In this research is using of superplasticizer ranging from 0.5% s / d 1.8% for all compositions by trial mix prior to qualify SCC. So that for each composition requires 15 test objects (to compressive test at the age of 3,7,14, 28 and 56 days in which each age concrete test object used 3 pieces). Accordingly, the total samples required was 495.

Table 3. Composition and Code Samples

No Code Sample W/C Agregat FA (%) SF (%) Z ages of sample (day)

Type BP L S 3 7 14 28 56

1 P.N.3-FA0SF0 0,3 N V V - 0 0 3 3 3 3 3

2 P.N.5-FA0SF0 0,5 N V V - 0 0 3 3 3 3 3

3 P.N.7-FA0SF0 0,7 N V V - 0 0 3 3 3 3 3

4 P.S.3-FA0SF0 0,3 S V V V 0 0 3 3 3 3 3

5 P.S.5-FA0SF0 0,5 S V V V 0 0 3 3 3 3 3

6 P.S.7-FA0SF0 0,7 S V V V 0 0 3 3 3 3 3

7 P.S.3-FA10SF0 0,3 S V V V 10 0 3 3 3 3 3

8 P.S.5-FA10SF0 0,5 S V V V 10 0 3 3 3 3 3

9 P.S.7-FA10SF0 0,7 S V V V 10 0 3 3 3 3 3

10 P.S.3-FA10SF10 0,3 S V V V 10 10 3 3 3 3 3

11 P.S.5-FA10SF10 0,5 S V V V 10 10 3 3 3 3 3

12 P.S.7-FA10SF10 0,7 S V V V 10 10 3 3 3 3 3

13 P.S.3-FA10SF20 0,3 S V V V 10 20 3 3 3 3 3

14 P.S.5-FA10SF20 0,5 S V V V 10 20 3 3 3 3 3

15 P.S.7-FA10SF20 0,7 S V V V 10 20 3 3 3 3 3

16 P.S.3-FA30SF0 0,3 S V V V 30 0 3 3 3 3 3

17 P.S.5-FA30SF0 0,5 S V V V 30 0 3 3 3 3 3

18 P.S.7-FA30SF0 0,7 S V V V 30 0 3 3 3 3 3

19 P.S.3-FA30SF10 0,3 S V V V 30 10 3 3 3 3 3

20 P.S.5-FA30SF10 0,5 S V V V 30 10 3 3 3 3 3

21 P.S.7-FA30SF10 0,7 S V V V 30 10 3 3 3 3 3

22 P.S.3-FA30SF20 0,3 S V V V 30 20 3 3 3 3 3

23 P.S.5-FA30SF20 0,5 S V V V 30 20 3 3 3 3 3

24 P.S.7-FA30SF20 0,7 S V V V 30 20 3 3 3 3 3

25 P.S.3-FA50SF0 0,3 S V V V 50 0 3 3 3 3 3

26 P.S.5-FA50SF0 0,5 S V V V 50 0 3 3 3 3 3

27 P.S.7-FA50SF0 0,7 S V V V 50 0 3 3 3 3 3

28 P.S.3-FA50SF10 0,3 S V V V 50 10 3 3 3 3 3

29 P.S.5-FA50SF10 0,5 S V V V 50 10 3 3 3 3 3

30 P.S.7-FA50SF10 0,7 S V V V 50 10 3 3 3 3 3

31 P.S.3-FA50SF20 0,3 S V V V 50 20 3 3 3 3 3

32 P.S.5-FA50SF20 0,5 S V V V 50 20 3 3 3 3 3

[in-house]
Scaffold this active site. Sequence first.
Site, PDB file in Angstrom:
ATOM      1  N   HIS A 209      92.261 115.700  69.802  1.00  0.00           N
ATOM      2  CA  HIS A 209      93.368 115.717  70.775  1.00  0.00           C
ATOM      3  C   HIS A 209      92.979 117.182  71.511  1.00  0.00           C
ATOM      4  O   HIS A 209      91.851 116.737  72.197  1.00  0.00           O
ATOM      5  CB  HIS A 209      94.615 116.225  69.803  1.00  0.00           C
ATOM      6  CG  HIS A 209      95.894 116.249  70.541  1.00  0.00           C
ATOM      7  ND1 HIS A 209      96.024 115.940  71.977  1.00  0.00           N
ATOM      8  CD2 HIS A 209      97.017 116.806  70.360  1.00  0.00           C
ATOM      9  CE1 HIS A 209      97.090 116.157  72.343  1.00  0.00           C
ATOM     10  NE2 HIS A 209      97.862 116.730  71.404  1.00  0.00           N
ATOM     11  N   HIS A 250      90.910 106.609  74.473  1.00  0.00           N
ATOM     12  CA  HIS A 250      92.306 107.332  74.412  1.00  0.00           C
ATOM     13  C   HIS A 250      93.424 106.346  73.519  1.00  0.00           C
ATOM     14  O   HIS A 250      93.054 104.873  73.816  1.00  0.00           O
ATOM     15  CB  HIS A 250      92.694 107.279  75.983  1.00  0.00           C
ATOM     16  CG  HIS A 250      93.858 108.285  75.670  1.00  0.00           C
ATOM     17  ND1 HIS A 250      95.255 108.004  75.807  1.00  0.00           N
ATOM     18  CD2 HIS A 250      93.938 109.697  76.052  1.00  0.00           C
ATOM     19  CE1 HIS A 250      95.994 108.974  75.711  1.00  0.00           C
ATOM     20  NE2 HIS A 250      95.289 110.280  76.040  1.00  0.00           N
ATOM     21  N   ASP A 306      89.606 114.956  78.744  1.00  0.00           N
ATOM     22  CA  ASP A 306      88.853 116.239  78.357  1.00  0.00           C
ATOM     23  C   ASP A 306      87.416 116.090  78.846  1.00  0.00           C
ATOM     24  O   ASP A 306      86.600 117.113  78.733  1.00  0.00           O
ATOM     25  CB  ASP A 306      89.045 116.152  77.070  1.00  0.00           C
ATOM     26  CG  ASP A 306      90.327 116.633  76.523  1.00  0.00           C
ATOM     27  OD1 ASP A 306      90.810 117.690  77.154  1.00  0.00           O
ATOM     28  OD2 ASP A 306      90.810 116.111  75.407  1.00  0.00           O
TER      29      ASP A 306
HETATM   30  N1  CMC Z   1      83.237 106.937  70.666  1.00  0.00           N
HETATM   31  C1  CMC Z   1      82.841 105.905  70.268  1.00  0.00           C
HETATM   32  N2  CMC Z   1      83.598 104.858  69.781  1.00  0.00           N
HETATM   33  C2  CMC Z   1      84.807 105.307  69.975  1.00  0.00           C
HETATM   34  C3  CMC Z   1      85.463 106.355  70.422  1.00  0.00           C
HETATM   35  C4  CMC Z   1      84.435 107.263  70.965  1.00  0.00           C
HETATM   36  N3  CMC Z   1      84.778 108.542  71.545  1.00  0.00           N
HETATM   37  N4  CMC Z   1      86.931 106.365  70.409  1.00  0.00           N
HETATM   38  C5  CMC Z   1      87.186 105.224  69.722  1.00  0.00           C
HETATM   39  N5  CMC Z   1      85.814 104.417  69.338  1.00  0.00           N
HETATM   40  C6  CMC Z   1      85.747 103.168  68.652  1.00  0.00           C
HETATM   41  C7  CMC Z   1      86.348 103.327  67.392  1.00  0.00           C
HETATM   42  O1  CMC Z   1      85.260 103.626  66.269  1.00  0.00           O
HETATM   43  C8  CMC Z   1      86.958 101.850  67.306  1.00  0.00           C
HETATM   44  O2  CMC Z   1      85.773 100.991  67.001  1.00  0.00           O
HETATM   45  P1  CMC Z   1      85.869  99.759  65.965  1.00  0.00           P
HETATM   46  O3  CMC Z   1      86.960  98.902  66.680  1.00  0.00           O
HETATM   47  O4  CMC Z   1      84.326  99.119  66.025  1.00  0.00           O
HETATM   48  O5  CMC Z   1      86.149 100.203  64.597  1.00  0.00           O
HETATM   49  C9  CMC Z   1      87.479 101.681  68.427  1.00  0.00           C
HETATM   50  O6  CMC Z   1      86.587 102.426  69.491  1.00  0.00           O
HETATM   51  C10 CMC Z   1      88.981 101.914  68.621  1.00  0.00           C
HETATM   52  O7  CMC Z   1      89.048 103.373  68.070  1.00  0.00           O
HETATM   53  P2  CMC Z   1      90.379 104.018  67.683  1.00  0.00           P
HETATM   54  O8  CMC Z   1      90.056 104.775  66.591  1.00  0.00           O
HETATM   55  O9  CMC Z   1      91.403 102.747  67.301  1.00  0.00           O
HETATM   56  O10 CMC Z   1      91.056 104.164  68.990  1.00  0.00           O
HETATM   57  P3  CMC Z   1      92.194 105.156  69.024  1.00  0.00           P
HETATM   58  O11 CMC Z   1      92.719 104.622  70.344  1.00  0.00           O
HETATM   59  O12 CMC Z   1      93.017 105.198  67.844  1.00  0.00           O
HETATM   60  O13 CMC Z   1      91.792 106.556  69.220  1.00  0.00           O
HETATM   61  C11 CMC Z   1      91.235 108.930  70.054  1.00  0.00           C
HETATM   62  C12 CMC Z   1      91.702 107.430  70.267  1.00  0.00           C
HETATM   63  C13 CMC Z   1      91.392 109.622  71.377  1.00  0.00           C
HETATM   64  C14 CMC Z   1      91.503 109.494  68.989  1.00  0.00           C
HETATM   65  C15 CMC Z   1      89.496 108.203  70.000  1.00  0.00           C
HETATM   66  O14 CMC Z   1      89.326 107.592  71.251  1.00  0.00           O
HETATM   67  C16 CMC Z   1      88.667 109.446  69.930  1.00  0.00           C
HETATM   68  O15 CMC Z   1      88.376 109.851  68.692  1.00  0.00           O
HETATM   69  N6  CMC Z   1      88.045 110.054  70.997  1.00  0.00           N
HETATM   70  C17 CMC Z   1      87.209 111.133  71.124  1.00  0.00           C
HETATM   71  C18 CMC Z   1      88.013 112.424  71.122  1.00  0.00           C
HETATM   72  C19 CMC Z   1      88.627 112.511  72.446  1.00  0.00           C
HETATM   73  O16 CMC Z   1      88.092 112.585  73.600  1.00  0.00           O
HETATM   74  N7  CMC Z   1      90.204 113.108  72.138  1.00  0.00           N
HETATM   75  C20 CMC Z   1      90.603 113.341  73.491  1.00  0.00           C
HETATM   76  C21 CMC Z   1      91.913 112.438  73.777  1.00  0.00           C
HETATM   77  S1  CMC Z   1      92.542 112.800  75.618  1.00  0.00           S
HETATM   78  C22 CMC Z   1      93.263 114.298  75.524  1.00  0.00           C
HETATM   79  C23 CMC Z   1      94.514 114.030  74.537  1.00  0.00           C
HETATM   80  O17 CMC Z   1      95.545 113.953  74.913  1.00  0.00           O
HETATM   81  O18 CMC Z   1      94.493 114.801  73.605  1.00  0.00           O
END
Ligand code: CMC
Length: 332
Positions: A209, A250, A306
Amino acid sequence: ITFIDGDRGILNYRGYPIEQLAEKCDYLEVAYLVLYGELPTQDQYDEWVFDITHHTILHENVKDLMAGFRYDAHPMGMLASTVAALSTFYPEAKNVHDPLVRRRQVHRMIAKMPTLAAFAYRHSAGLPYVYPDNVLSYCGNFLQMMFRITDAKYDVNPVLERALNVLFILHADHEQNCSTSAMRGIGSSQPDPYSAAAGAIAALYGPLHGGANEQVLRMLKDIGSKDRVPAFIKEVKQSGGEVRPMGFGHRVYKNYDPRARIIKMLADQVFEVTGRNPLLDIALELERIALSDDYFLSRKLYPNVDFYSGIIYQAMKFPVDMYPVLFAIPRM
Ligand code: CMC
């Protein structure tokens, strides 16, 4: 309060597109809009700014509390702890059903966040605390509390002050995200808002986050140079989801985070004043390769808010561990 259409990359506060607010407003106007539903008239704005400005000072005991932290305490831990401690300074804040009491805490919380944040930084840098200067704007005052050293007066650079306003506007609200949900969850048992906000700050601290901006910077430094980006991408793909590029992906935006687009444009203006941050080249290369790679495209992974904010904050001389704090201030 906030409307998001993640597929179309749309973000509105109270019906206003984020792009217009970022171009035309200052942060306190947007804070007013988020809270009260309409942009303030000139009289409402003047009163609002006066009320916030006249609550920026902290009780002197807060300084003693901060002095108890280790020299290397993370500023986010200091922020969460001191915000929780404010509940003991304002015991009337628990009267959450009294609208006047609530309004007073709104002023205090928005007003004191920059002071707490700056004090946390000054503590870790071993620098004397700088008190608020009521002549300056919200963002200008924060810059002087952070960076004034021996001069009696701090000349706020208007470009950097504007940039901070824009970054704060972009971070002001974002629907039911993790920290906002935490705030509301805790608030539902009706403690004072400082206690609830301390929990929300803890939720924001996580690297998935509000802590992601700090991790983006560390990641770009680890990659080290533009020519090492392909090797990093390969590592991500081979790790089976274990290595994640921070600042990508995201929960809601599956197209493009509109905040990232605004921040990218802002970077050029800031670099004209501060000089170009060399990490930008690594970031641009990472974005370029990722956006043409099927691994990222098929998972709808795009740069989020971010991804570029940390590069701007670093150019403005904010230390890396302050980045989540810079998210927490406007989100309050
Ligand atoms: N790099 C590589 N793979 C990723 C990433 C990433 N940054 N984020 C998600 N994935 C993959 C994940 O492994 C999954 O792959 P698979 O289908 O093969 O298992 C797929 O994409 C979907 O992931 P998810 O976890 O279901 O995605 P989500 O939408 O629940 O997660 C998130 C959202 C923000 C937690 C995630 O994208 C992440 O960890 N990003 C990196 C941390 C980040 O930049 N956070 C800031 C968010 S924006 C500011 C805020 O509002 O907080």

33 P.S.7-FA50SF20 0,7 S V V V 50 20 3 3 3 3 3

I sample 495

Specification code PN3-FAOSFO composition (proportion of Normal, W / C 0.3, Fly Ash and Silica Fume 0% 0%), where BP = crusher stone, S = slag, L = Lumajang sand, FA = fly ash and SF = silica fume.

2.5 Fresh Scc Concrete Testing

In the fresh state condition, concrete test specimen was analyzed by performing several tests to assess its self compacted behavior , the slump test was conducted in order to find out workabilitas and flowability of the concrete mix. Other test were U-flow test or L-box test which intended to determine the passing ability of self-compacting concrete and VFunnel test for the viscosity of concrete mixture. Figure 3 shows the SCC slump flow test.

Figure 3. Test SCC With Slump test, V funnel and L-Box

3. Results

3.1 Material properties

Table 4 and Table 5 present the properties of iron slag while Table 6 and Table 7 present the properties of used aggregates.

Table 4. Analysis for iron slag materials

Material Test Test Results Unit Standard

Iron Slag Specific weight 3,448 gr/cm3 Standard ASTM C 128 - 78

Volume Weight 1,809 gr/cm3 Standard ASTM C 29/ C29M-91a

Clean iron slag to mud (washing materials) 0,75 % Standard ASTM C 117-95

Table 5. Chemical Analysis of Iron Slag